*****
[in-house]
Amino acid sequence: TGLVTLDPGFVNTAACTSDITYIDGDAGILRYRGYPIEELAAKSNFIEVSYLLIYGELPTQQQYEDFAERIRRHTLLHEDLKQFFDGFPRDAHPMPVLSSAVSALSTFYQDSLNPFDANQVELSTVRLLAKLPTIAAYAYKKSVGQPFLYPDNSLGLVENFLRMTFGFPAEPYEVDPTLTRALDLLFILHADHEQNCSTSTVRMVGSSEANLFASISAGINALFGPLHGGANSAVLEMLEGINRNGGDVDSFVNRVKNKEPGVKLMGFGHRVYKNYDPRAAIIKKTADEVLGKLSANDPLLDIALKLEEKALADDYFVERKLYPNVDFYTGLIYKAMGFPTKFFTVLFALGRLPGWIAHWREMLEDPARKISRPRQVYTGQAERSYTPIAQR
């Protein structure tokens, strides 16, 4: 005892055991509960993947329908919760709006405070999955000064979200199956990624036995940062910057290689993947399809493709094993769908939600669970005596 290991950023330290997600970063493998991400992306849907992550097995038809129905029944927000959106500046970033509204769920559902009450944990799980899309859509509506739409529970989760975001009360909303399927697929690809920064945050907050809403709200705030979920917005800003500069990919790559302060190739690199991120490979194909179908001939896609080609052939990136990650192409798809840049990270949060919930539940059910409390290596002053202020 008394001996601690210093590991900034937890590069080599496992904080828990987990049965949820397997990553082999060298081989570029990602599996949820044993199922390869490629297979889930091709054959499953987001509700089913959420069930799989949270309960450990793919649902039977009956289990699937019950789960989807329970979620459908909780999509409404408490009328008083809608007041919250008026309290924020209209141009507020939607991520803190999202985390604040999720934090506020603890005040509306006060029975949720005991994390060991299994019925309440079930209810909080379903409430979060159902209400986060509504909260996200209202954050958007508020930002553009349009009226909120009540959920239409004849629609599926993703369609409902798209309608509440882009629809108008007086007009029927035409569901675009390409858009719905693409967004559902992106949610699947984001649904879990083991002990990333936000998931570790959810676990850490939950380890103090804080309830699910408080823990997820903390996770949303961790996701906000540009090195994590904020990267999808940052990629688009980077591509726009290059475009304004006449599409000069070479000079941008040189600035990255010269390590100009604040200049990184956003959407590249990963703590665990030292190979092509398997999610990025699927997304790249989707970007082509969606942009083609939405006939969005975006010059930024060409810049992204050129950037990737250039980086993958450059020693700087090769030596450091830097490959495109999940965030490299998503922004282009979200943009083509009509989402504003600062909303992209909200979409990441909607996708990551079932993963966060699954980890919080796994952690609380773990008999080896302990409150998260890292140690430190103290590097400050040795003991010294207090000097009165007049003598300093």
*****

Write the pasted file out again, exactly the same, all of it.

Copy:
[in-house]
Amino acid sequence: TGLVTLDPGFVNTAACTSDITYIDGDAGILRYRGYPIEELAAKSNFIEVSYLLIYGELPTQQQYEDFAERIRRHTLLHEDLKQFFDGFPRDAHPMPVLSSAVSALSTFYQDSLNPFDANQVELSTVRLLAKLPTIAAYAYKKSVGQPFLYPDNSLGLVENFLRMTFGFPAEPYEVDPTLTRALDLLFILHADHEQNCSTSTVRMVGSSEANLFASISAGINALFGPLHGGANSAVLEMLEGINRNGGDVDSFVNRVKNKEPGVKLMGFGHRVYKNYDPRAAIIKKTADEVLGKLSANDPLLDIALKLEEKALADDYFVERKLYPNVDFYTGLIYKAMGFPTKFFTVLFALGRLPGWIAHWREMLEDPARKISRPRQVYTGQAERSYTPIAQR
């Protein structure tokens, strides 16, 4: 005892055991509960993947329908919760709006405070999955000064979200199956990624036995940062910057290689993947399809493709094993769908939600669970005596 290991950023330290997600970063493998991400992306849907992550097995038809129905029944927000959106500046970033509204769920559902009450944990799980899309859509509506739409529970989760975001009360909303399927697929690809920064945050907050809403709200705030979920917005800003500069990919790559302060190739690199991120490979194909179908001939896609080609052939990136990650192409798809840049990270949060919930539940059910409390290596002053202020 008394001996601690210093590991900034937890590069080599496992904080828990987990049965949820397997990553082999060298081989570029990602599996949820044993199922390869490629297979889930091709054959499953987001509700089913959420069930799989949270309960450990793919649902039977009956289990699937019950789960989807329970979620459908909780999509409404408490009328008083809608007041919250008026309290924020209209141009507020939607991520803190999202985390604040999720934090506020603890005040509306006060029975949720005991994390060991299994019925309440079930209810909080379903409430979060159902209400986060509504909260996200209202954050958007508020930002553009349009009226909120009540959920239409004849629609599926993703369609409902798209309608509440882009629809108008007086007009029927035409569901675009390409858009719905693409967004559902992106949610699947984001649904879990083991002990990333936000998931570790959810676990850490939950380890103090804080309830699910408080823990997820903390996770949303961790996701906000540009090195994590904020990267999808940052990629688009980077591509726009290059475009304004006449599409000069070479000079941008040189600035990255010269390590100009604040200049990184956003959407590249990963703590665990030292190979092509398997999610990025699927997304790249989707970007082509969606942009083609939405006939969005975006010059930024060409810049992204050129950037990737250039980086993958450059020693700087090769030596450091830097490959495109999940965030490299998503922004282009979200943009083509009509989402504003600062909303992209909200979409990441909607996708990551079932993963966060699954980890919080796994952690609380773990008999080896302990409150998260890292140690430190103290590097400050040795003991010294207090000097009165007049003598300093």